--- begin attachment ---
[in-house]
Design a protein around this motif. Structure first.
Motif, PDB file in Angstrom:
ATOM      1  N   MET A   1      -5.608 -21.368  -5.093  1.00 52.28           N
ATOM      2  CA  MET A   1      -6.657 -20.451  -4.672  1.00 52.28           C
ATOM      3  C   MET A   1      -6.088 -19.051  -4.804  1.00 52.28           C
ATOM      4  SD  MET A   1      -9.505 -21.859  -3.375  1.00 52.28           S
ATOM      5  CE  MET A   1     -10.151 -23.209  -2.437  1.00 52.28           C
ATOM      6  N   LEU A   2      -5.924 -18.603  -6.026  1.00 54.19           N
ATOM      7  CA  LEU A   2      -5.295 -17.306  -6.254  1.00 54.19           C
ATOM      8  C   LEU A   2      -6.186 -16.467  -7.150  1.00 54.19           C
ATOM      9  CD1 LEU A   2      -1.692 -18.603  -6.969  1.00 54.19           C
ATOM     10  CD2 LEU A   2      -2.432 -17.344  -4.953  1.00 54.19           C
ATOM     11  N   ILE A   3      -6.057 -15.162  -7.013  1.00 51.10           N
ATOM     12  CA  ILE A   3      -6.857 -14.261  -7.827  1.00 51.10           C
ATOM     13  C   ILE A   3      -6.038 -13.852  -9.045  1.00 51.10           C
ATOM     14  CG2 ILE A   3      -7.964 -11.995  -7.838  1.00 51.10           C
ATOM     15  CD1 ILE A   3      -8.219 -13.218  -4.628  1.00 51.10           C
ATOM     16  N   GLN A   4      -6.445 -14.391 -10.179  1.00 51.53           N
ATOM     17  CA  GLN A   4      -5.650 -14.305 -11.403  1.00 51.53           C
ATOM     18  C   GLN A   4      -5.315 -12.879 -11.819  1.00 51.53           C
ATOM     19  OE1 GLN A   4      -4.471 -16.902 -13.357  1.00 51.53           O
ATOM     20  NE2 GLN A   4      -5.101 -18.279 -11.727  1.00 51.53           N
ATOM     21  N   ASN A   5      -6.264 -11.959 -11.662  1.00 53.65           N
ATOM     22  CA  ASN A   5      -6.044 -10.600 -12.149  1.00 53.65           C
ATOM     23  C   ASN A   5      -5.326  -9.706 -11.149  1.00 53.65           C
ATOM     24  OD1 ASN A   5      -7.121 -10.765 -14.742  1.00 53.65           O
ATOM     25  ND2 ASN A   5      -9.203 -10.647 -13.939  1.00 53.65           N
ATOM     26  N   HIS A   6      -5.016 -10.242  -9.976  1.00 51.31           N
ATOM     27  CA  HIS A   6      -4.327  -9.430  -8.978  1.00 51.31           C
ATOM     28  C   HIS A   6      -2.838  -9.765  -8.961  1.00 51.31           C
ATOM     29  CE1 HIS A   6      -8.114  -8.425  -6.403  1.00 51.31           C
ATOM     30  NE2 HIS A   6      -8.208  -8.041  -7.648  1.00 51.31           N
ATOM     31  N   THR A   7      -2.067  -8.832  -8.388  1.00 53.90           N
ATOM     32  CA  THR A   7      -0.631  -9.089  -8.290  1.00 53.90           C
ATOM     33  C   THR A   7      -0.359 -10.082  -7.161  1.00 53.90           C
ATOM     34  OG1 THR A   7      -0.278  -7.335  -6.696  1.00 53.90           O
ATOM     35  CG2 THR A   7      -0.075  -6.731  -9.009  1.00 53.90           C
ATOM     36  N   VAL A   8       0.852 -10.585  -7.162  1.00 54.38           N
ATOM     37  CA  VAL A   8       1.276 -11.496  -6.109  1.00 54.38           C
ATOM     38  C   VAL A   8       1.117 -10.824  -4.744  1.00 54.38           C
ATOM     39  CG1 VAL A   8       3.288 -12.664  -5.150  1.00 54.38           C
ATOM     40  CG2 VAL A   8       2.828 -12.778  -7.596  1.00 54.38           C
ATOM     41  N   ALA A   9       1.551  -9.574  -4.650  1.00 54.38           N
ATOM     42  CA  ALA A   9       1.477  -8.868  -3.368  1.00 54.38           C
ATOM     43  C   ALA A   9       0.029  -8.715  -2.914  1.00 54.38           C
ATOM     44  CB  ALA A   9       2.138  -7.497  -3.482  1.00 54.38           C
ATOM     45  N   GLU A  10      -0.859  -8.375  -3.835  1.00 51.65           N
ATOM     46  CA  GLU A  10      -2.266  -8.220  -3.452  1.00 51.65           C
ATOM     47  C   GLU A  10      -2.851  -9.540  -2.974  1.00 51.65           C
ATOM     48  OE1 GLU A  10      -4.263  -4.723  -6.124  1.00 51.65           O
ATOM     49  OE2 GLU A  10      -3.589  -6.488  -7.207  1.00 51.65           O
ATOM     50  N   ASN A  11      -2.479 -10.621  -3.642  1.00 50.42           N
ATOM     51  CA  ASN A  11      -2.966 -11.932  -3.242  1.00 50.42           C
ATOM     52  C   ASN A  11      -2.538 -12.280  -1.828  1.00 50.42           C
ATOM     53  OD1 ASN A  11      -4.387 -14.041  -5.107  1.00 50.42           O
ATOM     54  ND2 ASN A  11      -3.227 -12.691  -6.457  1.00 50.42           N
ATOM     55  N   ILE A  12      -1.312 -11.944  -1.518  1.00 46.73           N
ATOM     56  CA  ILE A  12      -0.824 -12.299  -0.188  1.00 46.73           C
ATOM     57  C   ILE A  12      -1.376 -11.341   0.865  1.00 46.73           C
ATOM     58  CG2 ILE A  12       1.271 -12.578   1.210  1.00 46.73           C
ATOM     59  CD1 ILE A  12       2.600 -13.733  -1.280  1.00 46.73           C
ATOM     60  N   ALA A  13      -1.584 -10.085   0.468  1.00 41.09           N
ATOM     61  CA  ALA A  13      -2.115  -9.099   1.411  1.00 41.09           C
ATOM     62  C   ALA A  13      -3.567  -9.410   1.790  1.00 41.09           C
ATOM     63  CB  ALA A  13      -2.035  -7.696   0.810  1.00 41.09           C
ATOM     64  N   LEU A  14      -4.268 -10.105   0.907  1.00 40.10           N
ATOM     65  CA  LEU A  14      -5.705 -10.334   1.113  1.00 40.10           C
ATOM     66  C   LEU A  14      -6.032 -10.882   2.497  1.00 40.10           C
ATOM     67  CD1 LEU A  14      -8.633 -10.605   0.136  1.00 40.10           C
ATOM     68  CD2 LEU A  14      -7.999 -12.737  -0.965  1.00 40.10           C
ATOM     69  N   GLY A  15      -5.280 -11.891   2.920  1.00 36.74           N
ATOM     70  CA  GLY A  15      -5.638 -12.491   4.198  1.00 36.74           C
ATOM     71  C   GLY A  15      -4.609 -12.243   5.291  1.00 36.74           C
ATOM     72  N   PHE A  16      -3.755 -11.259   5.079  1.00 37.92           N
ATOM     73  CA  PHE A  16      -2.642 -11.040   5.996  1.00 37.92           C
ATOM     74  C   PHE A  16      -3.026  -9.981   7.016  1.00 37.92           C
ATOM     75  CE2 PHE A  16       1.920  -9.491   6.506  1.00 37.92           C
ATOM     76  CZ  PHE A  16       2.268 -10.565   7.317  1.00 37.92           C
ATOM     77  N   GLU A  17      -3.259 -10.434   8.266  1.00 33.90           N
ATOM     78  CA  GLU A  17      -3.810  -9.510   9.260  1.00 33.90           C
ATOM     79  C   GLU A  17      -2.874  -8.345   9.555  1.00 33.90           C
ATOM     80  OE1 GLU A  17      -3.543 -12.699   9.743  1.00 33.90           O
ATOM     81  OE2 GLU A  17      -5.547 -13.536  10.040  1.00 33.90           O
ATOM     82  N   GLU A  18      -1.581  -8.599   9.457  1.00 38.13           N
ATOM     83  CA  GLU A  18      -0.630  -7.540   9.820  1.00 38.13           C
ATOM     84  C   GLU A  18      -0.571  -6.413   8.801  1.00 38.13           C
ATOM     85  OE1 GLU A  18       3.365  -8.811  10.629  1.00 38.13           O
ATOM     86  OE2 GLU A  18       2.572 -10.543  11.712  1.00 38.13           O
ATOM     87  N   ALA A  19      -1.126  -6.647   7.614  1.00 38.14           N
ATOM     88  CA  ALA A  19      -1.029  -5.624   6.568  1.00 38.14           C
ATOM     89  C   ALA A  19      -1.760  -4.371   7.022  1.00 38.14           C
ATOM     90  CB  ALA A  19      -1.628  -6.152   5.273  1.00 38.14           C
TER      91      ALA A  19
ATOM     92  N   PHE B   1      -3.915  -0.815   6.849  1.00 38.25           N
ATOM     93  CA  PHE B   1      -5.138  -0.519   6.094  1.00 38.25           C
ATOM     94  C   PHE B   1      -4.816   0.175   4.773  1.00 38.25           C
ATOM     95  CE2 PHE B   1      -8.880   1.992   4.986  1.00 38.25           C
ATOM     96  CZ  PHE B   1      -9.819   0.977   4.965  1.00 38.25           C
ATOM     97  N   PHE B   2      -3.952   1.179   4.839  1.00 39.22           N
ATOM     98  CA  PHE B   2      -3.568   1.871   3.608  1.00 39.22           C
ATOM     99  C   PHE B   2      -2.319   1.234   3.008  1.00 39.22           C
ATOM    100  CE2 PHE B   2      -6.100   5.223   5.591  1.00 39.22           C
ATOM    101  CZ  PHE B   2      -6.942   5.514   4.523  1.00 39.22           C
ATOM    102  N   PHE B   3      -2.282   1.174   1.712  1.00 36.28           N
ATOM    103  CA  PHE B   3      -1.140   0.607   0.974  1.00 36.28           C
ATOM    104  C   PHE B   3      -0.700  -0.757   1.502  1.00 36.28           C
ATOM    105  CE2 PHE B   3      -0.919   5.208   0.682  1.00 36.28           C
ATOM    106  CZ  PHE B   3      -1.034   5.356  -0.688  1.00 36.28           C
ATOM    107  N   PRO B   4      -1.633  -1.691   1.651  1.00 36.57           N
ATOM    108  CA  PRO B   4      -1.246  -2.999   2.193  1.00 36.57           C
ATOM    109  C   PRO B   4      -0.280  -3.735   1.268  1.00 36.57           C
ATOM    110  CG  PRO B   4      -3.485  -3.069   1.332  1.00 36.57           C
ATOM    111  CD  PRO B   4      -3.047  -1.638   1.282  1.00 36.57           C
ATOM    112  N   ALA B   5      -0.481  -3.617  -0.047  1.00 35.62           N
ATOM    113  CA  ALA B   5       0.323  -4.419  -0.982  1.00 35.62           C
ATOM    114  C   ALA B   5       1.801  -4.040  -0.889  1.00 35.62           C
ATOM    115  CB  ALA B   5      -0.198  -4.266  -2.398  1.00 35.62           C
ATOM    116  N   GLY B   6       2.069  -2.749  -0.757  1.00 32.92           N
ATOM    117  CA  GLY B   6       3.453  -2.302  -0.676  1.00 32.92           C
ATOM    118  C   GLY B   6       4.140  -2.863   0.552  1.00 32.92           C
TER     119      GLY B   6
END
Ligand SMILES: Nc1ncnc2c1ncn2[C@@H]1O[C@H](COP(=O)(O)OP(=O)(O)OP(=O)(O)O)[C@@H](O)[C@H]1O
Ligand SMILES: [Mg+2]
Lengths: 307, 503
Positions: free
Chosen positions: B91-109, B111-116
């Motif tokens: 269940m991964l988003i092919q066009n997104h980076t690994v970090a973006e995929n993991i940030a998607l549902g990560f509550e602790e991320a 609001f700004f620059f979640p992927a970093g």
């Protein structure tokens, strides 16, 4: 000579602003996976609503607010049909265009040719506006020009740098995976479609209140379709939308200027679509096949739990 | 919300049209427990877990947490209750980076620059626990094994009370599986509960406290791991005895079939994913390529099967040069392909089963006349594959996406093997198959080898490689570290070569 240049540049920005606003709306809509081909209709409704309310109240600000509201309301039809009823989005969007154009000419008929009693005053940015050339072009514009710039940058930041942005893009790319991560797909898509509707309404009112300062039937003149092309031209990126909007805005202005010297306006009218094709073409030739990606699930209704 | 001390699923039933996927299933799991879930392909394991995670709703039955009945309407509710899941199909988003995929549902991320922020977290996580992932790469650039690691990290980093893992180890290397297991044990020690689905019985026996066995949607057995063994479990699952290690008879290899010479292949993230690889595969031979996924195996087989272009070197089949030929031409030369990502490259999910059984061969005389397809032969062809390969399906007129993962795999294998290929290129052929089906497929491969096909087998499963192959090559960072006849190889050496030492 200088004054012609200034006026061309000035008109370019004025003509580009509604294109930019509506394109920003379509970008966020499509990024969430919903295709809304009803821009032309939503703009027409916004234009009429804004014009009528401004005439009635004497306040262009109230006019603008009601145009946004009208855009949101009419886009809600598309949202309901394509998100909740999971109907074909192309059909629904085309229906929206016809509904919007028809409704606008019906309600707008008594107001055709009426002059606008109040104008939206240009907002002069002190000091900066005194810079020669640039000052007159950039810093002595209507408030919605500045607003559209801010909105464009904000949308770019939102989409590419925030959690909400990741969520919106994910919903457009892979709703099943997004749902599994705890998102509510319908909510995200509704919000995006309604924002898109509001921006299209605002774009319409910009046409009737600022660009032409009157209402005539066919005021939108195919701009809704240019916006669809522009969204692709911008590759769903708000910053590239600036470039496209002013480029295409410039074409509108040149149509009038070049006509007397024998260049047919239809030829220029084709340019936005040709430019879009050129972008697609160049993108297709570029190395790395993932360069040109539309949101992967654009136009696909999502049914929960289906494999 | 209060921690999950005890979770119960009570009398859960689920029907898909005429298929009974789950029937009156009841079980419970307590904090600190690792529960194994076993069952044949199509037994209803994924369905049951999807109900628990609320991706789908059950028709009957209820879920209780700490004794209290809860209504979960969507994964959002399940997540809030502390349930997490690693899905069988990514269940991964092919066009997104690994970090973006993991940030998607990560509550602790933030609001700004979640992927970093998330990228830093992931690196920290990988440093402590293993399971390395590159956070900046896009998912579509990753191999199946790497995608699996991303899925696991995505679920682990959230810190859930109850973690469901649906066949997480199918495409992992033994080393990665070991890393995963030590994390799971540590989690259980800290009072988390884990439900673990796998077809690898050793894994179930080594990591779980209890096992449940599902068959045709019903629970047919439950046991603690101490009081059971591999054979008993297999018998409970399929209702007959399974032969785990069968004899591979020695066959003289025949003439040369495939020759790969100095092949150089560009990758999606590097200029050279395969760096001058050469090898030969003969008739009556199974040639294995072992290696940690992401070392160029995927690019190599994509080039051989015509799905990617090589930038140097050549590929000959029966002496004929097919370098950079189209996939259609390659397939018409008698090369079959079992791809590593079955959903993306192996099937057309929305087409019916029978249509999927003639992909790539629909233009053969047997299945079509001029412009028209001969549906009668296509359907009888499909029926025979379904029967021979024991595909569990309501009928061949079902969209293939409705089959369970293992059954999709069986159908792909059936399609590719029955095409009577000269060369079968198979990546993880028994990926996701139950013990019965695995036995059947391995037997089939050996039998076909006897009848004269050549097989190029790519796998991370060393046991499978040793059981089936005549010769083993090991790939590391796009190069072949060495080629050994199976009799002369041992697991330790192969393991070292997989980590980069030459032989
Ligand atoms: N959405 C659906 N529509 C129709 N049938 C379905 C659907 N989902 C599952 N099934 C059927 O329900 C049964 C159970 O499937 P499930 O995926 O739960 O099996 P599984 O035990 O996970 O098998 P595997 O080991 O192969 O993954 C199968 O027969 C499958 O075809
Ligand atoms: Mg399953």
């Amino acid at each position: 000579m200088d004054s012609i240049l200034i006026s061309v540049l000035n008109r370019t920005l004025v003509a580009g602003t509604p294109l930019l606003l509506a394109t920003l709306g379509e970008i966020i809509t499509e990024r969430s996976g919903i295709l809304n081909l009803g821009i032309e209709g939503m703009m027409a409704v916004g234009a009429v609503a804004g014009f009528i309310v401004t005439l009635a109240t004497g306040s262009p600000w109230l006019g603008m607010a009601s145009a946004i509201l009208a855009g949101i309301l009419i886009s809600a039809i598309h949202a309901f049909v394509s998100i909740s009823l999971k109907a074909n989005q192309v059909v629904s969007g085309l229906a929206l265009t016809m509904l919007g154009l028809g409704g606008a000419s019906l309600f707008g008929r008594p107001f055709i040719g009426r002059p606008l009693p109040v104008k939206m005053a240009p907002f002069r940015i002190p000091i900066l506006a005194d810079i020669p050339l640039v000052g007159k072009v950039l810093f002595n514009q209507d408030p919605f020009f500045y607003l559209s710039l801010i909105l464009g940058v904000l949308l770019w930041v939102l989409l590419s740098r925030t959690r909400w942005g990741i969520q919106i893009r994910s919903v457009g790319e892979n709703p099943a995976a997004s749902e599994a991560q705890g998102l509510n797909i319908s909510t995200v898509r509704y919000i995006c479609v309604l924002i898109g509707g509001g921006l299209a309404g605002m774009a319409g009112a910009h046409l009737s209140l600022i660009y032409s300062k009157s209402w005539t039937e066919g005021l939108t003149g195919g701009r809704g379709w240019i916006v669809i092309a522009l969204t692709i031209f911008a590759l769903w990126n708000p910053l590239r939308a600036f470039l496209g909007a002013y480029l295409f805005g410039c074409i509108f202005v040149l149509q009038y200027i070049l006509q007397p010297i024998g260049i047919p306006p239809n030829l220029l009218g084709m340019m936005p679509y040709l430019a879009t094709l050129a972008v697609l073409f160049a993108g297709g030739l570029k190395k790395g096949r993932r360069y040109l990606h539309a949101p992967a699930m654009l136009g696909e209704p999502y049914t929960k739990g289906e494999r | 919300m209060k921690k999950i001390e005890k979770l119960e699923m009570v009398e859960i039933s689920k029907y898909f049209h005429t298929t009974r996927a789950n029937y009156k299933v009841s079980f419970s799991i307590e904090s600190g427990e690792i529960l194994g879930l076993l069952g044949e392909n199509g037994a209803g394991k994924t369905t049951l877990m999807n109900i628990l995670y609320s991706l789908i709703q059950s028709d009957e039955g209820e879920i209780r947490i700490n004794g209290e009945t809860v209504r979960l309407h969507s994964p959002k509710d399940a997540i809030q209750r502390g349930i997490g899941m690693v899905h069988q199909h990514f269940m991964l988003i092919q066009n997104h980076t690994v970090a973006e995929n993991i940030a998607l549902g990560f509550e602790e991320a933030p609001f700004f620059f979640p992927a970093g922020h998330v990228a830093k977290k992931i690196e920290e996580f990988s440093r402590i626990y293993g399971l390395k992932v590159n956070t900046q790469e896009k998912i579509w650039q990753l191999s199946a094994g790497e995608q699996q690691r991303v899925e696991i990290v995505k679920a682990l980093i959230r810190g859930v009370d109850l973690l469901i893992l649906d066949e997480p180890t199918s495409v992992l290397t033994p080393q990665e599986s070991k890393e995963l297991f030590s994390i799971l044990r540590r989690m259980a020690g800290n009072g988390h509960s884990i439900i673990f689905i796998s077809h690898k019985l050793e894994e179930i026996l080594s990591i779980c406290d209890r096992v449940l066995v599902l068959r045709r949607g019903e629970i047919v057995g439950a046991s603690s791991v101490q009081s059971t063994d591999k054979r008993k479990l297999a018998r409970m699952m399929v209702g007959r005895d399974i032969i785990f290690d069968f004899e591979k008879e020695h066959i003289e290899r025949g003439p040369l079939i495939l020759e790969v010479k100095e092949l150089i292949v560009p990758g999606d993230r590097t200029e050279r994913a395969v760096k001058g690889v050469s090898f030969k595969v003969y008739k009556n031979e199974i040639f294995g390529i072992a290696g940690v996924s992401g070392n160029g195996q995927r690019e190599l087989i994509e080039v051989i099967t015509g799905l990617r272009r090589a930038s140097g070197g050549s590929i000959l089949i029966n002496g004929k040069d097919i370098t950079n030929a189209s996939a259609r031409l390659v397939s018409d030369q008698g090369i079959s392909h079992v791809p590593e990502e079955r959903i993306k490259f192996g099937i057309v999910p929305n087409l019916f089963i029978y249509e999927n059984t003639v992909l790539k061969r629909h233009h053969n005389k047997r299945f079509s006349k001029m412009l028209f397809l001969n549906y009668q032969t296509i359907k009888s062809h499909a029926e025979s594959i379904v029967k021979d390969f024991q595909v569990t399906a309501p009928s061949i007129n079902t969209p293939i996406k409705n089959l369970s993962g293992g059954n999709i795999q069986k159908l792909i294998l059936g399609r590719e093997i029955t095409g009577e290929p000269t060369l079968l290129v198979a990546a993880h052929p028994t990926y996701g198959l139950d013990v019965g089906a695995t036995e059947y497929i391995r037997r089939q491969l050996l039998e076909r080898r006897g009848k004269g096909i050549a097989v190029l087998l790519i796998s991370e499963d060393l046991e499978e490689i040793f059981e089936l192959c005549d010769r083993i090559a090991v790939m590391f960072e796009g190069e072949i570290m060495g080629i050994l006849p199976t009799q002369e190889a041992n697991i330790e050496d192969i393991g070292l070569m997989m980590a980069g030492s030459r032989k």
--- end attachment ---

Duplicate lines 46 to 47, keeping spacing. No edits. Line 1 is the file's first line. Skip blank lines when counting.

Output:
ATOM     43  C   ALA A   9       0.029  -8.715  -2.914  1.00 54.38           C
ATOM     44  CB  ALA A   9       2.138  -7.497  -3.482  1.00 54.38           C